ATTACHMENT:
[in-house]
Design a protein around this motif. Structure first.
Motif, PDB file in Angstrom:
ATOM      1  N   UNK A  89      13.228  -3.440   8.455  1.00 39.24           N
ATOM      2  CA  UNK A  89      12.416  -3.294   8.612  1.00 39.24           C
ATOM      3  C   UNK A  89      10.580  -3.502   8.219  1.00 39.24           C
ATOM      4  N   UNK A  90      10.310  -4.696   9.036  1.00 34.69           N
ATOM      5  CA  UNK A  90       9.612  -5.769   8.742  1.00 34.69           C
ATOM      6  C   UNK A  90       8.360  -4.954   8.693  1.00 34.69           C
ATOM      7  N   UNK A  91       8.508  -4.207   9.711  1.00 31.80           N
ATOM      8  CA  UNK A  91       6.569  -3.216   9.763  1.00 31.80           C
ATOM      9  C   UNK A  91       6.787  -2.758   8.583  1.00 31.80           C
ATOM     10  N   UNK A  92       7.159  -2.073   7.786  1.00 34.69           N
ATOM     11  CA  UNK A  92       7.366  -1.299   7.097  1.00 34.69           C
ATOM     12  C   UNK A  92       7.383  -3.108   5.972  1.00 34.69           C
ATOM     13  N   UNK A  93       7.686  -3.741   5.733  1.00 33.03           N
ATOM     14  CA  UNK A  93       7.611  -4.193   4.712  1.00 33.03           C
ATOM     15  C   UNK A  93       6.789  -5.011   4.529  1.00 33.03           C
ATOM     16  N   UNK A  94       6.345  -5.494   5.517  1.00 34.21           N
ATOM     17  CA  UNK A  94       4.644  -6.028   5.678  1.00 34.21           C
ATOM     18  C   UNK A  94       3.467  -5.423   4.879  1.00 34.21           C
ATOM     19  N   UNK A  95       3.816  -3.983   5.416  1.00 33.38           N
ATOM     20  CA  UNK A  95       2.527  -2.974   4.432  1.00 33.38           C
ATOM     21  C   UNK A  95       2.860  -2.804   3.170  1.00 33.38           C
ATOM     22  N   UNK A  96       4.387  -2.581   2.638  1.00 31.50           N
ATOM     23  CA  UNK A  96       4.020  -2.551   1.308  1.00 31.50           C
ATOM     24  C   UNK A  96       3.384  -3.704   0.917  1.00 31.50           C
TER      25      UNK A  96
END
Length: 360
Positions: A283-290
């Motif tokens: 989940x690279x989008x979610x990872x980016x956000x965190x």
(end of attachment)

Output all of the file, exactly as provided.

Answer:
[in-house]
Design a protein around this motif. Structure first.
Motif, PDB file in Angstrom:
ATOM      1  N   UNK A  89      13.228  -3.440   8.455  1.00 39.24           N
ATOM      2  CA  UNK A  89      12.416  -3.294   8.612  1.00 39.24           C
ATOM      3  C   UNK A  89      10.580  -3.502   8.219  1.00 39.24           C
ATOM      4  N   UNK A  90      10.310  -4.696   9.036  1.00 34.69           N
ATOM      5  CA  UNK A  90       9.612  -5.769   8.742  1.00 34.69           C
ATOM      6  C   UNK A  90       8.360  -4.954   8.693  1.00 34.69           C
ATOM      7  N   UNK A  91       8.508  -4.207   9.711  1.00 31.80           N
ATOM      8  CA  UNK A  91       6.569  -3.216   9.763  1.00 31.80           C
ATOM      9  C   UNK A  91       6.787  -2.758   8.583  1.00 31.80           C
ATOM     10  N   UNK A  92       7.159  -2.073   7.786  1.00 34.69           N
ATOM     11  CA  UNK A  92       7.366  -1.299   7.097  1.00 34.69           C
ATOM     12  C   UNK A  92       7.383  -3.108   5.972  1.00 34.69           C
ATOM     13  N   UNK A  93       7.686  -3.741   5.733  1.00 33.03           N
ATOM     14  CA  UNK A  93       7.611  -4.193   4.712  1.00 33.03           C
ATOM     15  C   UNK A  93       6.789  -5.011   4.529  1.00 33.03           C
ATOM     16  N   UNK A  94       6.345  -5.494   5.517  1.00 34.21           N
ATOM     17  CA  UNK A  94       4.644  -6.028   5.678  1.00 34.21           C
ATOM     18  C   UNK A  94       3.467  -5.423   4.879  1.00 34.21           C
ATOM     19  N   UNK A  95       3.816  -3.983   5.416  1.00 33.38           N
ATOM     20  CA  UNK A  95       2.527  -2.974   4.432  1.00 33.38           C
ATOM     21  C   UNK A  95       2.860  -2.804   3.170  1.00 33.38           C
ATOM     22  N   UNK A  96       4.387  -2.581   2.638  1.00 31.50           N
ATOM     23  CA  UNK A  96       4.020  -2.551   1.308  1.00 31.50           C
ATOM     24  C   UNK A  96       3.384  -3.704   0.917  1.00 31.50           C
TER      25      UNK A  96
END
Length: 360
Positions: A283-290
């Motif tokens: 989940x690279x989008x979610x990872x980016x956000x965190x």